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A Recipe for Disaster

Initial Crash Analysis of the crash of Southwest Airlines Flight 1248, Midway International Airport, Chicago, Illinois, on December 8, 2005

By Aviation Accident Attorneys, Ronald Goldman and Clark Aristei

 
 

Ronald L. M. Goldman was a lead attorney handling the discovery deposition efforts and Clark Aristei acted as lead plaintiffs' counsel for the Coordinated Discovery Cases in the Southwest Airlines Flight 1455 runway crash-landing in Burbank, California in 2000. That plane went off the runway, through barriers, crossed the street, hit a car, and came to rest mere feet from gasoline pumps at a service station. It is frighteningly similar to the Midway crash on December 8, 2005 in Chicago.

Baum Hedlund represents passengers in the airline accident at Chicago's Midway International Airport in which Southwest Airlines Flight 1248 crashed when it ran off Runway 31C which, due to its displaced threshold, only has 5826 feet of usable runway. The crash-landing occurred during a snowstorm. The Boeing 737 plowed through a fence and onto a busy street, striking two vehicles. The plane landed on top of a car, killing a young boy and injuring his family members. At least ten others were injured, including some passengers.

This recent Southwest accident at the Midway Airport is very similar to the Southwest runway crash-landing in Burbank, California in the year 2000, when Southwest Airlines Flight 1455 came in "hot and high" and careened off the end of the runway. Lawyers of Baum Hedlund represented the largest number of passengers aboard Flight 1455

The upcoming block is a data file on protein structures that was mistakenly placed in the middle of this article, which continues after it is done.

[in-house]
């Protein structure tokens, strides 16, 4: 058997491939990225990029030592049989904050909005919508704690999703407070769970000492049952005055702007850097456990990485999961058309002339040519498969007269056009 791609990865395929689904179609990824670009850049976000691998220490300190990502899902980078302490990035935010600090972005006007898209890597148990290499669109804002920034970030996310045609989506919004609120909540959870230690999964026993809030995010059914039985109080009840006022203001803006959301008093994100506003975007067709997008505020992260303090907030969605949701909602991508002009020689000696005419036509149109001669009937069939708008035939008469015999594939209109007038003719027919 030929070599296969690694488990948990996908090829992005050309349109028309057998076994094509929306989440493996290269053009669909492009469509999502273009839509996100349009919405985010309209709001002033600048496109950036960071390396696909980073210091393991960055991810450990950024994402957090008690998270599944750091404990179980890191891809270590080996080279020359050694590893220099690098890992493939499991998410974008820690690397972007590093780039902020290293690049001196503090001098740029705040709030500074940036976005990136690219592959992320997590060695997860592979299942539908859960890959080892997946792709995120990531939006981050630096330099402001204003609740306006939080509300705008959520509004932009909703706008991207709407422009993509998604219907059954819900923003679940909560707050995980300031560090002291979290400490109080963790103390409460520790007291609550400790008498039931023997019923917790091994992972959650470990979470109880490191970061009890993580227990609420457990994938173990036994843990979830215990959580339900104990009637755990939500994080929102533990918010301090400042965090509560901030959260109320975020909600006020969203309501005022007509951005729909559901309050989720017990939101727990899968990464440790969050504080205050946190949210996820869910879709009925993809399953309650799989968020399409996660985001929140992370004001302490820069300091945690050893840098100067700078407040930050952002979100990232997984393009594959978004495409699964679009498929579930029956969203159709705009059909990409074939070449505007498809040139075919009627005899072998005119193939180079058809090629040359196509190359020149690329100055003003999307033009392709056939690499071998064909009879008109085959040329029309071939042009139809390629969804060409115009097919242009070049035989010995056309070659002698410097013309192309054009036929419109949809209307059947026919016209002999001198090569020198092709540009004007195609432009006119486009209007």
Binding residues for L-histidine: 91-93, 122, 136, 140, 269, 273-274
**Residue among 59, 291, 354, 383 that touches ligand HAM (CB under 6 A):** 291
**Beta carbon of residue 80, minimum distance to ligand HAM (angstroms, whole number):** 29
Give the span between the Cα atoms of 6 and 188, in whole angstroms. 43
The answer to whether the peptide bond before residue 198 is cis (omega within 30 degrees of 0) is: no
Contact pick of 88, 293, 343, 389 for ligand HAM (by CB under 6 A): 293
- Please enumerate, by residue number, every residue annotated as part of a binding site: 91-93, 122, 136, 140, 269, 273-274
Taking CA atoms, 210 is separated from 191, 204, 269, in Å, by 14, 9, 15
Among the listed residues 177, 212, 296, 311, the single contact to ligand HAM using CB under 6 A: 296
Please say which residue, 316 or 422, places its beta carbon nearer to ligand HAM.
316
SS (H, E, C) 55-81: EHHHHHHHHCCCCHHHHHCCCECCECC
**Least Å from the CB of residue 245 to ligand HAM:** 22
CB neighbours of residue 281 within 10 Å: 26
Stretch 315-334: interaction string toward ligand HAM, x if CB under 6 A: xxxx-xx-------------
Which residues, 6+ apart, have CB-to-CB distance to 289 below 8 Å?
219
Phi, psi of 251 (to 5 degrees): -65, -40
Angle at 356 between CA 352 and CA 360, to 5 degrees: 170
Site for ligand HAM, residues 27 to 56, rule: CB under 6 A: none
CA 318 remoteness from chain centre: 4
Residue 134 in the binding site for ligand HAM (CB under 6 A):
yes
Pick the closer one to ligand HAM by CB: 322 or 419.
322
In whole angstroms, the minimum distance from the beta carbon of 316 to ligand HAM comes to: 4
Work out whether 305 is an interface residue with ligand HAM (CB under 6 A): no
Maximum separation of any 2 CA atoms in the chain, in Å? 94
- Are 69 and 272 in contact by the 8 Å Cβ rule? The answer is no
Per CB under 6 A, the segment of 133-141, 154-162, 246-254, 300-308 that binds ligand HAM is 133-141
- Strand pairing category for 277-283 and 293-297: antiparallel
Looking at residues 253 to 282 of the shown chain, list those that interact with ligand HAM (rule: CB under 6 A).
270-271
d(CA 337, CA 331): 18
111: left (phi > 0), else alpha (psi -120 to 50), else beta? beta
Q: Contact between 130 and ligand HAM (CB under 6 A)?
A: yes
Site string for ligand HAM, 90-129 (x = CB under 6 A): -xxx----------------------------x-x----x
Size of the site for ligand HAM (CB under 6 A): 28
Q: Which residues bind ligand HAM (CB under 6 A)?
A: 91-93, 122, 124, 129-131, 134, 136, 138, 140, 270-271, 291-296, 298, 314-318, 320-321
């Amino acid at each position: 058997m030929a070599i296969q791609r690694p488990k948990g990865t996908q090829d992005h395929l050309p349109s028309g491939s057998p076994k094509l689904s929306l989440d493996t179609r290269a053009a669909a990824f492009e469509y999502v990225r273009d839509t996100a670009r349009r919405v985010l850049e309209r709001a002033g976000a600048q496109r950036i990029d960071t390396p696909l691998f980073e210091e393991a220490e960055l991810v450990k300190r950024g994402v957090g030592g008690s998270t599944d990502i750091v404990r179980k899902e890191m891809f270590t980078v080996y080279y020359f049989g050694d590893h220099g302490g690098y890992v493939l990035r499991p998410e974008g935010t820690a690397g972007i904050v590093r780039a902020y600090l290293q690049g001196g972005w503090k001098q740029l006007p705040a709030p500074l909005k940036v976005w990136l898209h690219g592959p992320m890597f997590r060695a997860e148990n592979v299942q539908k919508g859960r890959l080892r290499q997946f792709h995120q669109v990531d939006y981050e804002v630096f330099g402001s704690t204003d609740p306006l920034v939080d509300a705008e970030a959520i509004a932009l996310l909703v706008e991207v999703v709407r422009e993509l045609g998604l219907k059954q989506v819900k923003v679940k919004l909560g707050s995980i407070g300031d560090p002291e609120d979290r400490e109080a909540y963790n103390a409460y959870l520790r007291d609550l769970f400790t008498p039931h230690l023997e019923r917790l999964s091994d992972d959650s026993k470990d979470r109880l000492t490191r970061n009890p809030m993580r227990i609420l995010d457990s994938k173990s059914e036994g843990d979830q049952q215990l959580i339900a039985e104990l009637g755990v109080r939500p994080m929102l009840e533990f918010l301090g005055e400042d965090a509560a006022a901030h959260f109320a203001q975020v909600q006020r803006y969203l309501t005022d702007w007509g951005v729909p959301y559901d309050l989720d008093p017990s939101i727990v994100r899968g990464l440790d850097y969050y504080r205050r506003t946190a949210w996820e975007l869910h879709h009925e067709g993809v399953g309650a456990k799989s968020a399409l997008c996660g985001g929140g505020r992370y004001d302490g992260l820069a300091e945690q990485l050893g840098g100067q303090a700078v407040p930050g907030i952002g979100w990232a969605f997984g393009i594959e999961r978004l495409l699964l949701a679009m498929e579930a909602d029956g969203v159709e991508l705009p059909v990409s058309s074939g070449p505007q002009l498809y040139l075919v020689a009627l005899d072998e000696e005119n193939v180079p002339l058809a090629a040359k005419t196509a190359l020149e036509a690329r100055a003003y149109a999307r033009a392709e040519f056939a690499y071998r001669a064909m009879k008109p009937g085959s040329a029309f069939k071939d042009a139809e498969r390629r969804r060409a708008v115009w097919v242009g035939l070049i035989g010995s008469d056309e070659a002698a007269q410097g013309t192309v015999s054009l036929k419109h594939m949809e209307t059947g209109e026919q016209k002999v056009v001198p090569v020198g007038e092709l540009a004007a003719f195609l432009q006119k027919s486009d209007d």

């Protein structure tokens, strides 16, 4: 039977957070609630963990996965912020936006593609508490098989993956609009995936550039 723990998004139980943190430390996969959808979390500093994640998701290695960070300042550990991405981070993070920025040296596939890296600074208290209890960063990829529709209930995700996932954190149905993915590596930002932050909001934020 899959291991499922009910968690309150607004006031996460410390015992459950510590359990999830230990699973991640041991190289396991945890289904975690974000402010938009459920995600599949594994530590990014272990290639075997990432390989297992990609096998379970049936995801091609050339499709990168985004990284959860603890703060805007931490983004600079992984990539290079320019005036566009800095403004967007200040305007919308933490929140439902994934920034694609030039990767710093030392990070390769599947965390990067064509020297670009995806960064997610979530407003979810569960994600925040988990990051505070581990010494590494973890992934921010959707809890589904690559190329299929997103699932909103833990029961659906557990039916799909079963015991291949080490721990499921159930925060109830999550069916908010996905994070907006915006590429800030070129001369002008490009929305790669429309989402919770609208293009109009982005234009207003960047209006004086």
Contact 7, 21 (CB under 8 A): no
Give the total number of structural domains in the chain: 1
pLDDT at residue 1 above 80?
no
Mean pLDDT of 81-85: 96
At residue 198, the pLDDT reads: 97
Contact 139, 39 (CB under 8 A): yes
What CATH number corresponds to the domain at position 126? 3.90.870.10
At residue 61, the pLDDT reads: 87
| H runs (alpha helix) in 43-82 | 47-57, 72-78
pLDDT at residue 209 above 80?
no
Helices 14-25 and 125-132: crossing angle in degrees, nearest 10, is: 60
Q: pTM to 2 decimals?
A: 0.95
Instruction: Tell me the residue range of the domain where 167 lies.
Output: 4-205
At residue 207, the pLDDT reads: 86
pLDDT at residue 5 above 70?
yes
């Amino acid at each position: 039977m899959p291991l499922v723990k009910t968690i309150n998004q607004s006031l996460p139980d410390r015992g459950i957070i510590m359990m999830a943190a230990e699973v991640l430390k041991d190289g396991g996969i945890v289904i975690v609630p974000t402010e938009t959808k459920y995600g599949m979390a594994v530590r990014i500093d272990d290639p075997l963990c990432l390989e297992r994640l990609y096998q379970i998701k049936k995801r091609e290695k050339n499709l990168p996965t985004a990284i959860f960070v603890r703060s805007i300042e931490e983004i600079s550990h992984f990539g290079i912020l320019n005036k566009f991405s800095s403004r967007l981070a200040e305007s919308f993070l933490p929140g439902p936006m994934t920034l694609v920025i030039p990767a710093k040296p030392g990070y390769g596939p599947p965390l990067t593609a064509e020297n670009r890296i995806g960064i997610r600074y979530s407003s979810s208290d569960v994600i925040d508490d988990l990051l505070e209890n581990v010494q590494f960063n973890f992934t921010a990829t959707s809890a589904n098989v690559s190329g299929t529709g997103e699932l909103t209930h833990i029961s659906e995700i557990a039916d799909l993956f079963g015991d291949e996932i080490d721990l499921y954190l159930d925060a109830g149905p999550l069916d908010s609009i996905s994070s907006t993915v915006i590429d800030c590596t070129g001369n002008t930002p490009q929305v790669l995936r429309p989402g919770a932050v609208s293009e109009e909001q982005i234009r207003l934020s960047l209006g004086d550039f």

In that case, disaster attorneys Ron Goldman and Clark Aristei took the lead in discovery and deposing pilots who were flying the airplane, as well as senior Southwest Airlines personnel, including the Vice President of Safety and their Chief Pilot. The law firm's efforts were a direct benefit to all claimants who suffered injury in the Burbank accident.

The Captain of Southwest Flight 1455 continued his approach into Burbank even though his approach was well outside the required glide path, as well as approach speed and landing speed. The Southwest Airlines pilots continued that approach and landing notwithstanding its excessive rate of descent, approach, and landing speed and crash-landed into an urban neighborhood.

It appears that the lessons of the March 2000 accident were not learned: that the only safe course of action to follow if an approach to landing is not within the rules and standards required for safe landing, is to abort the approach and either try again or go to an alternate airport.

In the Midway crash, it appears the pilots once again may have approached the landing with too much speed, an inexcusable and unsafe condition anytime, but crucially dangerous where the conditions also included a short runway with a notoriously difficult approach, a tailwind and a snowstorm. These were aggravating ingredients for this recipe for disaster.

We are examining the similarities of these two accidents, some of which are already appearing.

A thorough investigation will have to be conducted to determine whether the Southwest policy against use of the auto braking system may have contributed to the failure to stop the plane on the runway, whether the reverse thrust system functioned properly and whether the Midway Airport will have to share some of the blame.

 

 
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